The Elders of Optina Monastery
(1768 – October 11, 1841)
Commemorated on October 11
Southwest of Moscow, in the city of Karachev was born Leo, Danilevich Nagolkin, the future Elder Leonid. Little is known of his early life except for an incident during which he was carting flax to a neighboring city and was attacked by a wolf. He managed to fight off the wolf with his bare hands but was left lame for the rest of his life after the wolf tore a large portion of flesh from his leg.
Leo began his monastic life in Optina but then moved to the White Bluff Hermitage where he was tonsured and given the name Leonid. He then went on to stay at the Chelnsky monastery where he met Fr. Theodore of Svir who had learned the monastic life under St. Paisius Velichkovsky. From Fr. Theodore, Fr. Leonid learned the “science of science and art of arts”, the labour of unceasing prayer. These holy men were together for nearly twenty years. After Fr. Theodore’s repose, Fr. Leonid went to the St. Alexander of Svir Monastery and the Ploschansk monastery, where the future Elder Macarius also liked. In 1829, after thirty years of ascetic experience, he came to Optina at the invitation of Bishop Philaret of Kaluga and Abbot Moses after thirty years of ascetic experience. Here, he began the line of the great Elders of Optina.
At sixty-one years old he is described as a “tall, majestic man, who had in his youth acquired strength of mythic proportions and had, even in his old age, graceful movements despite his portliness” (which was due to hypothyroidism). He is noted as being full of pity and love for mankind but at other times he would act abruptly.
Wherever he was placed he was flocked with visitors looking for healing or comfort for their ailing souls. From morning to late at night his cell was filled with people looking for spiritual care. His life contains many examples of how this rigorous ascetic would, with gentleness and profound spiritual jokes help people who came to him from outside the monastery. He was clairvoyant and healed people. He had a “different” kind of simplicity and so was able to attract people from all walks of life. The people appreciated his jokes and proverbs which made more sense to them than most academic instructions.
During Elder Leonid’s time at Optina, suspicions arose accusing him of holding views that were unorthodox and bordering on heresy. (To place this persecution in perspective, we should recall that during this time the monasteries were just beginning to be repopulated after the general monastic persecutions of Peter I through Catherine II. As a result most knew very little about eldership and the “source material” on this until it was disseminated by St. Paisius and his disciples). Because of this, Elder Leonid was forbidden to receive any further visitors. Soon his spiritual children began to be persecuted also as were the nuns who were under his care. Much grief was caused to the Elder in his God-pleasing work. Despite the persecution, the care of the brethren of the Optina Monastery was given into the hands of Elder Leonid by its Abbot, Fr. Moses. Fr. Moses only took care of the administrative aspect of the monastery and placed the spiritual responsibility totally on the shoulders of Elder Leonid. Due to increased persecutions of the Elder, he was relocated from the Skete to a cell in the main monastery and was frequently moved to different cells. He took all of this in good humor, carrying the icon of the Vladimir Mother of God given to him by St. Paisius’ around to each new cell.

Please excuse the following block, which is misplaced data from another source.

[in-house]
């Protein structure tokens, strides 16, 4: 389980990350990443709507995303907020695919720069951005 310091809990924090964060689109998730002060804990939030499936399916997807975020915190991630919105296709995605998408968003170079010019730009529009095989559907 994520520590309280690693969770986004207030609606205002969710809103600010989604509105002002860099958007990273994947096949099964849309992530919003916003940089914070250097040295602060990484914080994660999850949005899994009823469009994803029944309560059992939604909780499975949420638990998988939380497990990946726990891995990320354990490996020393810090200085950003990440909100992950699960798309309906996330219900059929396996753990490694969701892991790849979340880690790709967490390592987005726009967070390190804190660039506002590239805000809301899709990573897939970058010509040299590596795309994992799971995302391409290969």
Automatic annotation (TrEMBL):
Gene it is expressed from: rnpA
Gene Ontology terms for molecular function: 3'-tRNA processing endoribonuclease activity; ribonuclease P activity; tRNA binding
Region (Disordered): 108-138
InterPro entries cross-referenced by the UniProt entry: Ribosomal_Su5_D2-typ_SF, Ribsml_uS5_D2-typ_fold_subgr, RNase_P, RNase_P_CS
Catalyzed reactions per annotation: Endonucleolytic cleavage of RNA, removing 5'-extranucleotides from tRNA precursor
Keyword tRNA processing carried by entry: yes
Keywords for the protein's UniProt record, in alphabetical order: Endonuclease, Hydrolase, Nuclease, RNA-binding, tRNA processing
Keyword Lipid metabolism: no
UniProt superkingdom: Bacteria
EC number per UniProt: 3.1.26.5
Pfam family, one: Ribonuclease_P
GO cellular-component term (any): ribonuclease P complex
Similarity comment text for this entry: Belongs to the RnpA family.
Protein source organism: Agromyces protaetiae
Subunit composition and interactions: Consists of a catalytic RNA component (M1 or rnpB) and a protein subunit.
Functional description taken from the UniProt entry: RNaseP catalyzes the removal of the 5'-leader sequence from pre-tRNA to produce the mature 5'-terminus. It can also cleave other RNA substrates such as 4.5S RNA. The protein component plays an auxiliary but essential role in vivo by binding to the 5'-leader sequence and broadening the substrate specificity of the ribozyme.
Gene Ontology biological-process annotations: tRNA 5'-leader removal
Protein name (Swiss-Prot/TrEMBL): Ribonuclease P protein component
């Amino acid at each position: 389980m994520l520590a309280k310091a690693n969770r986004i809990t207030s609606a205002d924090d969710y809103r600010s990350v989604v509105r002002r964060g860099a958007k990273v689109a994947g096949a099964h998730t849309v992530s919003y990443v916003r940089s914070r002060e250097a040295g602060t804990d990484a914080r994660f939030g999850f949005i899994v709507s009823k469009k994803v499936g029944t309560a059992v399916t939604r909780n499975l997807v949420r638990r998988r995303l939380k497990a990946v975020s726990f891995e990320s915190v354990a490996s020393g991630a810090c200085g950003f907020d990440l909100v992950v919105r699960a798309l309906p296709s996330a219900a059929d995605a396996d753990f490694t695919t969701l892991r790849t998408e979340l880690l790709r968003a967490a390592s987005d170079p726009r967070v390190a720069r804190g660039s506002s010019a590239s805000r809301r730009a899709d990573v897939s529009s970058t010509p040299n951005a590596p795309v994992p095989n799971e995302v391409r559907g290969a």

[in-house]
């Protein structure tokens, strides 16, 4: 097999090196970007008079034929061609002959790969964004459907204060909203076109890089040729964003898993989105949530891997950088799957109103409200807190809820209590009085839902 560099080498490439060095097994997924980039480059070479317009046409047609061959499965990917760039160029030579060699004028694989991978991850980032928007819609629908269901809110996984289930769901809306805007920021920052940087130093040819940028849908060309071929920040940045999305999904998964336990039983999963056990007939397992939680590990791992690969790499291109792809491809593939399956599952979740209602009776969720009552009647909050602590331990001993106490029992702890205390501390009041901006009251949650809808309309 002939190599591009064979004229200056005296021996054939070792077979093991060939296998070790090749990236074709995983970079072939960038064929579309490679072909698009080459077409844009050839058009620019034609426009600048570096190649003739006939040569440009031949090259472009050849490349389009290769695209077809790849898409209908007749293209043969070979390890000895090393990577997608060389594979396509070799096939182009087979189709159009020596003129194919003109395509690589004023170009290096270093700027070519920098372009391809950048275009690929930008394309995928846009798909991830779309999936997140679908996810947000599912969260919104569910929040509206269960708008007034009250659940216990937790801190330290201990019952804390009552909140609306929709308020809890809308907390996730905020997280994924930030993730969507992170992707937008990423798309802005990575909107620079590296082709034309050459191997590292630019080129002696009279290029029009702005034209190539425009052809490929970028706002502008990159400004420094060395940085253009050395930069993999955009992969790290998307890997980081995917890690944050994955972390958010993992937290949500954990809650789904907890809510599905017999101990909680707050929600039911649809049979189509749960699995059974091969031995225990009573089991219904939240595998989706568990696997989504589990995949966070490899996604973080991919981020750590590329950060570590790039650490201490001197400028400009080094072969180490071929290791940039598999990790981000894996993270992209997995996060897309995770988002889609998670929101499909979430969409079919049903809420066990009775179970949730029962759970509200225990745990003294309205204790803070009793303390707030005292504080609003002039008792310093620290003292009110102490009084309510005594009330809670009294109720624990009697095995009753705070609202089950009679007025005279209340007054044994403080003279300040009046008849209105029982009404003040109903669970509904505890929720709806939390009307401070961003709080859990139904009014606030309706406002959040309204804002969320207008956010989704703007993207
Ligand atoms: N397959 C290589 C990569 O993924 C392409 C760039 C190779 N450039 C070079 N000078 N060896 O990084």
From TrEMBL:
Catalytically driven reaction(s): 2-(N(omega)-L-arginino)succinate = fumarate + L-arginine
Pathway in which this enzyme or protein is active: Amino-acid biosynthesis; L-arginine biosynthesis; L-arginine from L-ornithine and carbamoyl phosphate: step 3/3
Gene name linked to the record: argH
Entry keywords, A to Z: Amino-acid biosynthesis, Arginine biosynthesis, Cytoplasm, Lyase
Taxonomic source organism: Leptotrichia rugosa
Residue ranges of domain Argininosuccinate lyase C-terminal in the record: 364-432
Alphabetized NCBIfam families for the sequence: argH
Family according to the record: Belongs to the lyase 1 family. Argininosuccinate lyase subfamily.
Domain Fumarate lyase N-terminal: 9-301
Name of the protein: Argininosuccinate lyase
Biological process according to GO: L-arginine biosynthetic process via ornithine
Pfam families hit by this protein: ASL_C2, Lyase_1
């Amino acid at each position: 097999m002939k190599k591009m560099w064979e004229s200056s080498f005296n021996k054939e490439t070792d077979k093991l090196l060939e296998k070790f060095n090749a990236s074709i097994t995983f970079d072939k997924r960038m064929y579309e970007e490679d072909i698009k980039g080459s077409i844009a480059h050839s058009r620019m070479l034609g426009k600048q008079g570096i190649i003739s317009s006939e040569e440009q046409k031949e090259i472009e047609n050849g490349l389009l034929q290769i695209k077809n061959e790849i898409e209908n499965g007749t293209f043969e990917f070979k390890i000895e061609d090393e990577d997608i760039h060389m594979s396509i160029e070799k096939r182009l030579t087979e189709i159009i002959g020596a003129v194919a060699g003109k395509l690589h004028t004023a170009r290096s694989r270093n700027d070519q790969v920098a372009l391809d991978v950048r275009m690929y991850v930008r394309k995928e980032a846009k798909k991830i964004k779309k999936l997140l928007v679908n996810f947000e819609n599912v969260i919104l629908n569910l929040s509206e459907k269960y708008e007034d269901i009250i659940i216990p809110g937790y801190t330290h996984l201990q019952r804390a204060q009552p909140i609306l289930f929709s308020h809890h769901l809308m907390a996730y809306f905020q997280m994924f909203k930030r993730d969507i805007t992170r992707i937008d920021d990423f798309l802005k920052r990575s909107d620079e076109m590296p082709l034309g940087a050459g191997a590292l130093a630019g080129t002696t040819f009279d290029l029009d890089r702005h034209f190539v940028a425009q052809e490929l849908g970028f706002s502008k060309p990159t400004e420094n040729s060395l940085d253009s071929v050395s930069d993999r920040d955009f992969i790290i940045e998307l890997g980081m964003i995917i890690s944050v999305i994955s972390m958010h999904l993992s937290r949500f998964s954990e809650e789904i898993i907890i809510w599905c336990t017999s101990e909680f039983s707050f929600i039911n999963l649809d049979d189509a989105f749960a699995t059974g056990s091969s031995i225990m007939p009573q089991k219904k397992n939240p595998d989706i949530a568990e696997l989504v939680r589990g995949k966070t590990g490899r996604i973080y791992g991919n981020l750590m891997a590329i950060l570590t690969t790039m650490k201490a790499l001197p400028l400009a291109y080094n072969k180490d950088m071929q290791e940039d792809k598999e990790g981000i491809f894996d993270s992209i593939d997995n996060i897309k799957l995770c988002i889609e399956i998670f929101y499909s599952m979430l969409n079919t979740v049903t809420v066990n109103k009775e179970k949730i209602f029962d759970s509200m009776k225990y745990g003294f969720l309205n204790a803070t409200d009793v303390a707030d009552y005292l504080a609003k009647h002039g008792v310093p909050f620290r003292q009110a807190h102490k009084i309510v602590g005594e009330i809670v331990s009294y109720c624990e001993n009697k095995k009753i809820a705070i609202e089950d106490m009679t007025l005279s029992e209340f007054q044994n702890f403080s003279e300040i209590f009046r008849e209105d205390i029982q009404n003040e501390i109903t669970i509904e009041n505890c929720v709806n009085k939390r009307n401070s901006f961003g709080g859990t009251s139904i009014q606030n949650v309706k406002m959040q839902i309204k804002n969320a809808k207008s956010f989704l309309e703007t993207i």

In early September, 1841, after being at Optina for twelve years the Elder fell ill. He reposed after much suffering, with his cell attendant at his side.
Sayings of Elder Leonid of Optina
Whoever the Lord visits with a difficult ordeal, sorrow, the bereavement of a dearly beloved one, such a person involuntarily prays with all his heart, all his understanding, all of his mind. Consequently, there is a wellspring of prayer in everyone, but it is revealed either by gradually going deeper and deeper into yourself, according to the teaching of the fathers, or by a sudden Divine drilling into one’s soul.
For us who seek salvation, what is most needed in fulfilling the Divine commandments is humility, which attracts to us Divine Grace and illumines all our actions. But without it no ascetical struggles and labors can bring us much desired peace.
Hope in God
Be brave and firm in spirit in your faith and hope in the mercies of the gracious Lord, that in the situations that seem to be opposing us He is working out our salvation. Acknowledge your weakness and your failure to submit to the will of God and to fulfill His commandments. From this acknowledgement you will obtain humility for yourself and you will see the help of God.
- Subdeacon Matthew Long
Kontzevitch, I.M. “The Great Elder Leonid of Optina (Leo in Schema)” in The Orthodox Word (March-April, 1985): 56-70.
Kontzevitch, I.M. “Optina Monastery and Its Elders” in The Orthodox Word (July-August, 1984): 156-162.
Makarios, Hieromonk of Simonos Petra, The Synaxarion: The Lives of the Saints of the Orthodox Church, trans. Christopher Hookway, vol. 1 (Chalkidike: Holy Convent of the Annunciation of Our Lady Ormylia, 1998).
Optina’s Elders: “Instructor of Monks and Conversers with Angels” at http://www.roca.org/OA/97/97k.htm accessed on Dec. 17, 2013.
Schaefer, Archimandrite George (trans.) Living Without Hypocrisy: Spiritual Counsels of the Holy Elders of Optina (Jordanville: Printshop of St. Job of Pochaev, 2009).
Sederholm, Fr. Clement. Elder Leonid of Optina (St. Herman of Alaska Brotherhood, 2002).
Smolych, I.K., The Era of the Optina Elders on the official site of Optina Monastery at http://www.optina.ru/041113/, accessed on Dec. 17, 2013 (in Russian).